Self Portrait in the Fog. Watercolor, ink, gouache and acrylic. Naturally there needed to be triangles somewhere. Here I am at the end of winter, in my plaid coat and my awesome boots and my general feeling of absurdity. 



demonology 101 and night vale, part 1


Okay! So I recently purchased a 7 X 10 inch notebook for watercolor projects. (It's spiral bound, which is a big deal for me because I typically hate those.) I wanted something for small projects and experimentation without having to use large or expensive pieces of paper. I also like that all the projects are in one place, both for practical ease and for reflective purposes. I have a few things going.

beleth.JPG

Above are portraits of two of the demons from the Ars Goetia, which is a list of all the demons of hell and frankly, they sound just adorable. Beleth is on top, and he's known for looking scary and writing a book of mathematics (seriously). Naturally, he's modeled after Beastie. Paimon is below, and he's fancy. He just is. These were a lot of fun to do, because I had free range imagining them and their outfits, and how those would relate to their personalities. I did choose the more human-looking ones for this project. The curly symbols on Paimon's chest and Beleth's collar are their sigils--every demon gets one and you summon them by drawing the sigils and maybe saying some kind of recitation. So if I suddenly get fancy and my math skills improve, you'll know why. There are two more in the works right now. 

 


 

 

Here are some other projects I've been working on! This is some fan art for the podcast Welcome to Night Vale, which I listen to at work so that I can have an even more surreal time there. Seriously, it's great, and its utter lack of visuals makes it perfect fodder for art, since you can create the world completely in your own head, plus the writing is beautiful, as is the score. On top is Erika, an angel who contributed to poetry week. She may have been conflated with one of the hooded figures, hence the hood, but that was the idea I had for her and I'm happy with it. Below is Tamika Flynn, leader of the childrens' resistance against StrexCorp and slayer of librarians. I apologize if this all sounds rather esoteric, but that's really all I can give you. Both of these, like the demons, were fun to do because I had no visual reference other than some cursory descriptions, so everything was completely up to me. With Erika and Tamika, I tried to capture the feel of the characters as well as the feeling of the show itself. The text pieces are lines attributed to these characters, and selecting the style was also important in their portrayal. 

 

More sketchbook projects and inconnu illustrations coming soon. I've been carrying this thing around with me to work and taking 15-minute drawing breaks to keep myself from breaking down and crying all over my boss (again). It's also nice because I can jump back and forth from project to project easily without having ten million separate pieces of paper everywhere. Hooray for sketchbooks!

in which we finally have a new oil painting

what double vein.JPG

Okay, so! Look you here! It's a real live oil painting! I started this, oh, some months ago and finally finally finally finished it a few weeks ago. It took me some more time to photograph it, since all the lights in my house are yellow-tinged and I never see the light of day anymore thanks to work and the early night time of the Northern Hemisphere's winter. But I worked from home today, so I got to take this out to the alley and photograph it. The lighting was perfect, too (brightly overcast) and I didn't get hit by any cars. Success.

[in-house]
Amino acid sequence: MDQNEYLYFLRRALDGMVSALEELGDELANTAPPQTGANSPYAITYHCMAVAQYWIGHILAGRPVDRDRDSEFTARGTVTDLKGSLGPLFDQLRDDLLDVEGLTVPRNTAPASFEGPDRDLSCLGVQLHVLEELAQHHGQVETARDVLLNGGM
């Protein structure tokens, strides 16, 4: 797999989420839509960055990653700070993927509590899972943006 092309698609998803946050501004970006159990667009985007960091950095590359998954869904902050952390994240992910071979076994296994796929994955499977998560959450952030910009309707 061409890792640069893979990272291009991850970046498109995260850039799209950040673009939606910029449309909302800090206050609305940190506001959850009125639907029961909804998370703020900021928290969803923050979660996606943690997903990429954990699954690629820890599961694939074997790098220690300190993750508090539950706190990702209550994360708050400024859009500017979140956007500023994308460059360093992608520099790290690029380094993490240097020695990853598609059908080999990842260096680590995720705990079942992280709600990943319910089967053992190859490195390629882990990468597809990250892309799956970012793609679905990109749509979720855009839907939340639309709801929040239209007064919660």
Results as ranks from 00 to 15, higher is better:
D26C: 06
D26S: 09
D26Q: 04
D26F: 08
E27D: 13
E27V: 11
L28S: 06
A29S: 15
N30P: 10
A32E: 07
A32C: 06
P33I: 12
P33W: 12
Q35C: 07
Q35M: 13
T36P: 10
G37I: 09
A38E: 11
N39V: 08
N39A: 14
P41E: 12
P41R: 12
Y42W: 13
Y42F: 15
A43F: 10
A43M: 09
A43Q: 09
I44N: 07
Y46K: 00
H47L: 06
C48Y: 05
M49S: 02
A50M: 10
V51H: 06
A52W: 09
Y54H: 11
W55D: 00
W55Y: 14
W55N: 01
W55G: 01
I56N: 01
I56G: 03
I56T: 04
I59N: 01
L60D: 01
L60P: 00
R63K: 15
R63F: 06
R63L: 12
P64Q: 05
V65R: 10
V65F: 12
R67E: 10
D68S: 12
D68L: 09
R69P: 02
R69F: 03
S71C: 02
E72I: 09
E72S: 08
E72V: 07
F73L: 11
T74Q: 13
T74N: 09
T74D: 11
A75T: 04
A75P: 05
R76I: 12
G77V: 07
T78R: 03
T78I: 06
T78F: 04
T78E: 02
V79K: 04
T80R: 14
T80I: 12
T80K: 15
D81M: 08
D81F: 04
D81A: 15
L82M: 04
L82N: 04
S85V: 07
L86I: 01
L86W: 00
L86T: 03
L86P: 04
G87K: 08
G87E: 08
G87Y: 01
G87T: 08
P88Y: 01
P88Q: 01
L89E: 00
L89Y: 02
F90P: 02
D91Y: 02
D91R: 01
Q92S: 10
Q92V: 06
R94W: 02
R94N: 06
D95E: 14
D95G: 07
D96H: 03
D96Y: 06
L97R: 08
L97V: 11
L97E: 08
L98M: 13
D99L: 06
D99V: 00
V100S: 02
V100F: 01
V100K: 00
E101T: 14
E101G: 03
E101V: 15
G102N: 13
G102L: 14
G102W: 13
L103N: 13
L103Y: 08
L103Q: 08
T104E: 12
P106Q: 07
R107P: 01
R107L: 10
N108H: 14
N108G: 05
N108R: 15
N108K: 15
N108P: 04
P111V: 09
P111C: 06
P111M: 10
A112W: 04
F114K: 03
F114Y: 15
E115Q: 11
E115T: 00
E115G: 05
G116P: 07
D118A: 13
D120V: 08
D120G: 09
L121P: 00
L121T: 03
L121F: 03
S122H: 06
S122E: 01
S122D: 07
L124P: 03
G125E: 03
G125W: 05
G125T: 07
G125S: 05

This is What Double Vein, 36 x 36 inches, and I think it's about inspiration but I'll get back to you on that. I'm beginning to notice that the Home and Medieval bodies of work are beginning to merge, resulting in these patterned, foresty places full of mysterious crowned and robed figures. Back when I established the concept of three separate bodies, I always had the hunch that they would, eventually, merge into one. I'm beginning to see the Medievals also absorbing some of the characteristics of theTrash body, which has been turning up in a lot of watercolor pieces. So this is all very interesting to me. 

Lately I've been liking incorporating geometric shapes into images of more organic elements, so we have some trigons happening here, as well as some headpieces--I'm particularly pleased with the one on the left. 

By the way, you can check this blog out on my sweet new website in the blog section. 
 

explorations in limited palettes and fan mail

 Well, hello!

This is what working all the time and taking a class and trying to have a social life does to you. That, and the lack of sustained attention that unfortunately comes with the Internet. 

Here are some new(ish) things! The first three explore a limited color palette, using ink and a bit of watercolor. At the top we have a forest spirit of sorts, and evolution of Beastie. Lately I've been liking headdresses, and his has typically been the bones of small animals. He's also been clearly affected by the aesthetics of Sword & Sworcery, with his trigon. This was done using India ink, red watercolor and some black gel pen for the details.